So what’s next?
Hill Country Ragnar – 21/22 October – Comfort, TX
TROT Trail Running Camp – 4-6 November
Wild Hare 50 mile – 19 November
Brazos Bend 100 mile – 10/11 December
Bandera 100k – 8 Jan
Until next time…
My running nearly always takes me to the trails. Trails are always changing, take me away from the busy roads, and allow me to find a calm that I can’t find elsewhere while running.
This past weekend my wife and I hosted a “group run / product demo” at Reveille Peak Ranch in Burnett, TX. My wife deserves so much more credit. None of this would have been possible without her. She did so much to make this a reality! The plan for this event was to share those trails with others and give people a chance to try the products that I personally love and use. For many, their exposure to different products comes at races and races are the last place you want to be trying something new. This event provided a fun relaxed atmosphere where people could try many different products without worrying about any negative impact to their race.
A few of us arrived early on Friday to get the trails (course) marked for our group runs. Tammy, Roel, and I set out around 2:30 to mark the 10k course while a nephew of the ranch owner set out on his mountain bike to mark the 9mi course. I am so grateful that the ranch assisted us in marking! We were actually going to start marking at 8am but there were some Airmen out on the ranch doing sniper training so we had to wait! Had it now been for the ranch, we would not have gotten the courses marked! It was during our course marking where a bit of realization it me. We have been running for years on such beautiful and miraculous trails; we just never stopped (slowed down) to truly appreciate them.
The weekend started with a 5k night familiarization run followed by some time to relax around the campfire. Unfortunately I didn’t make it out for this as I was assisting one of our runners get their camper situated. The following morning we began the day with another 5k run followed by a door prize give away. As soon as that finished, the group set out on a 9mi adventure around Reveille Peak Ranch.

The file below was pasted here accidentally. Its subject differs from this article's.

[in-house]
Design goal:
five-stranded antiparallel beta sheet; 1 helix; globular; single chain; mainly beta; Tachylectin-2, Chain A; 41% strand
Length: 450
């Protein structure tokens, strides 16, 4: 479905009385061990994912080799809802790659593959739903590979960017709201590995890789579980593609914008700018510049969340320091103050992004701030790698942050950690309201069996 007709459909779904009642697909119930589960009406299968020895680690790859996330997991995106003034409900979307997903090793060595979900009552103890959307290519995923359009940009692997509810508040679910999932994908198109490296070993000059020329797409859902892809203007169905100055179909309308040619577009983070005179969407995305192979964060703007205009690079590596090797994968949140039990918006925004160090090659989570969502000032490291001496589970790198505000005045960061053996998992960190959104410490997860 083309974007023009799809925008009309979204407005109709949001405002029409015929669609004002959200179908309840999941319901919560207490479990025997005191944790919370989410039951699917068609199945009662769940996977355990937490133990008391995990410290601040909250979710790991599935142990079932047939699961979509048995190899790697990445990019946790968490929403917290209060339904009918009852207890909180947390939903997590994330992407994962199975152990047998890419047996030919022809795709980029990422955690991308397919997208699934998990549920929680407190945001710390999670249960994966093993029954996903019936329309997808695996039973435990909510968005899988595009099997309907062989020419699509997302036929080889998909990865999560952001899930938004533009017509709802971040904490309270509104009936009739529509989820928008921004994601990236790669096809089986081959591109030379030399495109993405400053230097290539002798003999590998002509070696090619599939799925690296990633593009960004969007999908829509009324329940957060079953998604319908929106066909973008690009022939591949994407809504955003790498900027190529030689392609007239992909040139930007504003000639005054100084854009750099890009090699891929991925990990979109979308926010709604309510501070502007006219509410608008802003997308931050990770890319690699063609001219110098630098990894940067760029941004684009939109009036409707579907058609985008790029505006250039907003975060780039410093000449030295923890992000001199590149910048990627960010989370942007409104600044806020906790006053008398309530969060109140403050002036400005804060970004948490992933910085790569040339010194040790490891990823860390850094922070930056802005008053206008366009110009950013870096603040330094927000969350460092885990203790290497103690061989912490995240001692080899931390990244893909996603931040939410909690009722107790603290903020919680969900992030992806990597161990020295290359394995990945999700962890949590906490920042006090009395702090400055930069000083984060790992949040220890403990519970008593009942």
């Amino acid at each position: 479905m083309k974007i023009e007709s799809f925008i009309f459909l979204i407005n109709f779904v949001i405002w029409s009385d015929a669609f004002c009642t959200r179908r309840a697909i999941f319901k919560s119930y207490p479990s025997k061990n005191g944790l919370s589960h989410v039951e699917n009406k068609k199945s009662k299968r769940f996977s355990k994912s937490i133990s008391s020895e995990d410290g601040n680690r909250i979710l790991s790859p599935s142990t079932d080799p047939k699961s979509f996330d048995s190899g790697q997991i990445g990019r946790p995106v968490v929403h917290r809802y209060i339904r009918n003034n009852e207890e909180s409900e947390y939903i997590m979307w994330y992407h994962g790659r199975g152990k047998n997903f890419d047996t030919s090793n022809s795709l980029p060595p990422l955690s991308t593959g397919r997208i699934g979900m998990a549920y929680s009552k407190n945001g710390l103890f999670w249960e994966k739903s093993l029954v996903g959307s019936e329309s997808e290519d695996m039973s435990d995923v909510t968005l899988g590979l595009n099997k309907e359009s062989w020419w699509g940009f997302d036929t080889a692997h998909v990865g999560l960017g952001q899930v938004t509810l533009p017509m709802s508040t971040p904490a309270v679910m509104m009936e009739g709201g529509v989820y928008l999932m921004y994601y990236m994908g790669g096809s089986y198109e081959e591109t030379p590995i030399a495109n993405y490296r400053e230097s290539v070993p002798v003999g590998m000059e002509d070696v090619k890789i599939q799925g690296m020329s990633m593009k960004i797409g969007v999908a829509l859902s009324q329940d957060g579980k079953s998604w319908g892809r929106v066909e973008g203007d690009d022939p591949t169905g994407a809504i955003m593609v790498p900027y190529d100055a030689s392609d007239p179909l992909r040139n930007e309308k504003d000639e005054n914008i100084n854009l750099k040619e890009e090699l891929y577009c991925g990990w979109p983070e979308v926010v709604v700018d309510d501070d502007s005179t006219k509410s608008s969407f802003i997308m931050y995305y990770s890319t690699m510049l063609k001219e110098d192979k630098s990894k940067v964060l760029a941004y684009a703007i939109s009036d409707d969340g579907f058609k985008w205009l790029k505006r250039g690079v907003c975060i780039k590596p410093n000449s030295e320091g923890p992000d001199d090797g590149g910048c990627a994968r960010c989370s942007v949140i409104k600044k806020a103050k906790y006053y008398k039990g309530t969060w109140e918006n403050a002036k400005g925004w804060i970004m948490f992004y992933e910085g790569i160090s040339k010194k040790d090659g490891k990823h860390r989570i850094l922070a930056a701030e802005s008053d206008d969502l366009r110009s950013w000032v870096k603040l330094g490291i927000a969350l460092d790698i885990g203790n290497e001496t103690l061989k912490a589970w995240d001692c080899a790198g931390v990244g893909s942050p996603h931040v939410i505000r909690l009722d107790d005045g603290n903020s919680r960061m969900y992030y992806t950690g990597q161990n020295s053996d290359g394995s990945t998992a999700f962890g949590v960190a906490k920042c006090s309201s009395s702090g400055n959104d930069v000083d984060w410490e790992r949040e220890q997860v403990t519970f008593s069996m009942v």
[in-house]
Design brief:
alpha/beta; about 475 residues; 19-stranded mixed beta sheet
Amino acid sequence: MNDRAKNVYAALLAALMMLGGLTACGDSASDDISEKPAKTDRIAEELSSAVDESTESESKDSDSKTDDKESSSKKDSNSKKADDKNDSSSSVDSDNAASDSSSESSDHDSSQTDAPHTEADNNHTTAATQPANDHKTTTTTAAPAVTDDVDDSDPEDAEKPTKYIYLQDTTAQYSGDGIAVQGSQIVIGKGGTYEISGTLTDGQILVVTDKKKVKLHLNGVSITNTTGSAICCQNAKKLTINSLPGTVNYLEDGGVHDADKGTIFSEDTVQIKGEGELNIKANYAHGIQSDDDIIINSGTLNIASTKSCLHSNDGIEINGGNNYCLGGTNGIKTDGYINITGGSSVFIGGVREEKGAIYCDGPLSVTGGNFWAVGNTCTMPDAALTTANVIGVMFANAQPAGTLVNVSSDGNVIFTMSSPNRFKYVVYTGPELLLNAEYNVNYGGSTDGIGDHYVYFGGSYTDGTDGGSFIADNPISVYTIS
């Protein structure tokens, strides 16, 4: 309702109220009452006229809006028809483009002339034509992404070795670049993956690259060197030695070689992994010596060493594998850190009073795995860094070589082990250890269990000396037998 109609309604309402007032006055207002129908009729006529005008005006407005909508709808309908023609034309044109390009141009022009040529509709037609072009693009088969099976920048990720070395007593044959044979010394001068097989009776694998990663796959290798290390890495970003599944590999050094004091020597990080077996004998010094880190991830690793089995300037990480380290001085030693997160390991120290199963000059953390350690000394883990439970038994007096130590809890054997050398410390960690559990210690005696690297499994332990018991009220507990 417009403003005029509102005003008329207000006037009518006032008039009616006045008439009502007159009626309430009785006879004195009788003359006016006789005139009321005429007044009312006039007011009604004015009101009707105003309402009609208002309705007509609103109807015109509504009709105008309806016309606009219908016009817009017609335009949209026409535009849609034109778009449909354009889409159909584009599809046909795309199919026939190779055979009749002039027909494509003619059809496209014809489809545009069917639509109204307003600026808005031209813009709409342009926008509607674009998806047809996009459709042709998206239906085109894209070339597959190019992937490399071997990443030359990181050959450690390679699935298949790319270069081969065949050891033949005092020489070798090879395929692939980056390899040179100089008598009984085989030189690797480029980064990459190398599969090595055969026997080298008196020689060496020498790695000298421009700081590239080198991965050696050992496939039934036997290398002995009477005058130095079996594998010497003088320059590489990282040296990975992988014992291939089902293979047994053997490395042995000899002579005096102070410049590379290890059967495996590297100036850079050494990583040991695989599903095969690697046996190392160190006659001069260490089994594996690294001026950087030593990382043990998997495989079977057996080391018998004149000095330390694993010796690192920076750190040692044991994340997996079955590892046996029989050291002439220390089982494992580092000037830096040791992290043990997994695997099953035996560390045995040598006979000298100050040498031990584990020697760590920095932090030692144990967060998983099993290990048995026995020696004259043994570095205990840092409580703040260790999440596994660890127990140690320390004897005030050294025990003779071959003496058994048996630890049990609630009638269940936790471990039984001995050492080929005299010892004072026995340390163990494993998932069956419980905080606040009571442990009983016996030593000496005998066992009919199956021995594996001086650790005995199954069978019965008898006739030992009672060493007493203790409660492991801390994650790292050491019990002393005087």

As I logged miles Friday and Saturday on the trails of Reveille Peak Ranch something occurred to me; I have never stopped to look at the ranch. Much of my time at the ranch, prior to this, was during a race. I have run a Captain Karls race on the ranch, which was during the night, as well s several other ultras on these trails. Like many, my focus was on the trail in front of me. Rarely did I get a chance to see what these trails offered to everyone.
This group run / product demo changed that! I talked with another running in the group about this very thing. It is amazing how much different these trails looked when you stopped to enjoy them. The wild flowers and blue bonnets that riddled the ranch, the wildlife, the beautiful rock formations, and even the cactus. When you stop to take it all in, it is like you are running someplace for the first time. This is exactly how I wanted to spent my weekend; Sharing that experience with friends.
So while this weekend was about giving others a chance to try out some amazing products on the trails it actually did so much more! For me, this weekend was about finding something on the trails. This weekend gave me a chance to really enjoy the trails, spend some time with some amazing people, and enjoy life.
Once I stopped to love the trails, this is what I really found…
This was going to be my last big group outing until September when I make an appearance at Franklin Mountains 50k. In a few weeks I will be headed across the pond for four months. I will miss you all!
This turned out to be such a great event! Next year it will be a “Product Fat Ass”
Here are the amazing sponsors that made this event possible. Be sure to visit their site and show your support!
- Orange Mud
- Tailwind Nutrition
- Epic Bars
- Bearded Brothers
- Austin Trail Running Company
- Altra Running
- Ragnar Trail Relays
- Trail Racing Over Texas
At the end of the weekend it all came down to friends, family, and the trail community!
As with all of my races, there is a race report tail that goes along with them. While this race was far from what I expected and prepared for, it is the race report that allows me to grow, identify areas for improvement, and identify collect lessons-learned (which there are many).
Before I get into the details, I will sum it up with a simple acronym. DNF
This race took place in Pennsylvania just 12mi from where I grew up. While the elevation in Pennsylvania is greater than what I am accustomed to, and the course had more climbing than I was accustomed to, I was well trained, well prepared, and had a race plan that was going to get me to a sub-7 finish.